Fortnite for Android Coming Soon, But Not on Google Play

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Great news for Alphabet's (NASDAQ: GOOG , NASDA: GOOGL ) Google division. Fortnite - the best-selling, battle royale video game - is finally coming to Android after being available on rival Apple's (NASDAQ: AAPL ) iOS since the spring. The bad news for Google? Game publisher Epic has confirmed Fortnite for Android will be a direct download, bypassing the Google Play app store.

This means Epic avoids paying Google 30% for in-app purchases. That's not going to meaningfully impact Google revenue, but it sets a precedent that could have long-term implications for GOOGL stock.

Fortnite is Incredibly Popular

Fortnite is a video game that falls under the "battle royale" category, with up to 100 players duking it out for survival. It's free to play, but players can make in-app purchases for cosmetic upgrades. Both the game and those upgrades are incredibly popular.

Despite being initially available to download only by invitation, within the first three months of its availability on Apple's App Store, Fortnite had generated $100 million worth of in-app purchases . And Apple got a 30% cut of that revenue. In July, it was reported that Epic had collected over $1 billion worth of in-app purchases across all platforms from the game.

Android smartphone owners have been eagerly awaiting the release of Fortnite for their devices. As is often the case, iPhone owners have been playing the game for months before the Android release, despite the fact that over 85% of smartphones in use run Google's mobile operating system ( you can read more on why that is the case here ). Fortnite for Android is coming soon, but there's a catch and it's not great news for Google.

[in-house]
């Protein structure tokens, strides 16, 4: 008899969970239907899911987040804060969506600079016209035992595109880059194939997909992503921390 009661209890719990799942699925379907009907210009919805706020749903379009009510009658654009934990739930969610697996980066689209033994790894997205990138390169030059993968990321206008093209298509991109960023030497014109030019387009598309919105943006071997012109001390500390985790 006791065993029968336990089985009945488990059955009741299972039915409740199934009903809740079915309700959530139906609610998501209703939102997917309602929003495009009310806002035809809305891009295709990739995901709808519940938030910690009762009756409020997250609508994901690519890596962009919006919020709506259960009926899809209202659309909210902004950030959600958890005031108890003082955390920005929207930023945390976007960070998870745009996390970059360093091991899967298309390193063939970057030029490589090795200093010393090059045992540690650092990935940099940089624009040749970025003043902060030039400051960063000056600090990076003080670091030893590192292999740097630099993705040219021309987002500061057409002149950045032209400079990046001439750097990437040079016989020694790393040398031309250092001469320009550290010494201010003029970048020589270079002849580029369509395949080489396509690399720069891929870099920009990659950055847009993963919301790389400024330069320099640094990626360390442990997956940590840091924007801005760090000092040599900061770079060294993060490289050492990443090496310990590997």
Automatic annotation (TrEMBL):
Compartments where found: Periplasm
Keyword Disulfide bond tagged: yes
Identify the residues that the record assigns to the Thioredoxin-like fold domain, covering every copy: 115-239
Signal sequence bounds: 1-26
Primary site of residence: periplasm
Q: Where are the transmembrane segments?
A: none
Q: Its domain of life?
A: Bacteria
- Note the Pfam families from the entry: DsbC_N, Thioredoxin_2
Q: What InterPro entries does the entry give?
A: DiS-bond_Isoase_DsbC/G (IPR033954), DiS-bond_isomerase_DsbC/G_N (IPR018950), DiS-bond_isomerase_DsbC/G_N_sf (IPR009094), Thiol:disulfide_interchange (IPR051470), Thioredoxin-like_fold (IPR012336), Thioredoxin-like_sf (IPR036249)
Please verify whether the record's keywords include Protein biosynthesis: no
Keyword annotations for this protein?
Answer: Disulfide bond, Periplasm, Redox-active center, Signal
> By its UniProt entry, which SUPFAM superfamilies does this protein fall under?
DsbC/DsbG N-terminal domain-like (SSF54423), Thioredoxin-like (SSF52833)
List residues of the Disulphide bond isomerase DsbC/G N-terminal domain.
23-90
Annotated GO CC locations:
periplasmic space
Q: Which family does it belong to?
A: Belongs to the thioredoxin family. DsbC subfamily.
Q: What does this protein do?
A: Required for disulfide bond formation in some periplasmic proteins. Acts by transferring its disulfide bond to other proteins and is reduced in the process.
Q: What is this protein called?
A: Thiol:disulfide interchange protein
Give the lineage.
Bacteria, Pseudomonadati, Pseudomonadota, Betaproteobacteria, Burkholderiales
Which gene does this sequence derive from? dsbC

Fortnite for Android Is Coming, In Its Way

Game publisher Epic has confirmed that Fortnite won't be released on Google's app store. Instead, players download an installation file from Epic's own servers, then run the installer on their smartphone (adjusting their security setting for the app in order to do so). Once installed it is like any other Android app.

Why would Epic go this route instead of the traditional method of publishing the game on Google Play? It's all about money. Epic told Eurogamer that making the game available as a direct download avoids the 30% "store tax" that is Google's cut of in-app purchases. Epic had no choice for iOS - Apple simply does not allow iPhones to install apps from any other source than its own App Store. But Google made Android a more open platform, and one of the consequences of that strategy is that Google Play can be bypassed.

Implications for GOOGL Stock?

Obviously, Google would love to have the in-app purchase revenue from Fortnite on Android. It's also obvious that the tens of millions of dollars that would likely generate soon after launch is a rounding error in terms of Google revenue.

However, Epic's move is still problematic and sets off a red flag. With such a high profile game going to the direct distribution model, other developers are likely to follow suit. That could start to eat into Google Play revenue in a more meaningful way.

Perhaps worse, if Android smartphone owners become more comfortable with installing apps outside of Google Play - bypassing its security checks - that could make Android as a platform much more susceptible to malware. In the case of Fortnite for Android, concerns have already been raised that eager players may download fake or tampered versions of the game from websites other than Epic's own, giving malware apps security permissions that could wreak havoc on their smartphones and online accounts.

Those scenarios are more serious, and do have long-term downside for GOOGL stock.

Fortnite for Android Release Date

So when can Android smartphone and tablet owners get in on the battle royale action? Epic is still being coy, calling it a "summer" release. However, release plans have leaked and at this point it looks like Fortnite for Android will be an exclusive to Samsung's forthcoming new Galaxy Note 9 on August 24, followed by a full release on Sept. 23.

Just don't look for it on Google Play…

As of this writing, Brad Moon did not hold a position in any of the aforementioned securitie s.

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The views and opinions expressed herein are the views and opinions of the author and do not necessarily reflect those of Nasdaq, Inc.

The views and opinions expressed herein are the views and opinions of the author and do not necessarily reflect those of Nasdaq, Inc.

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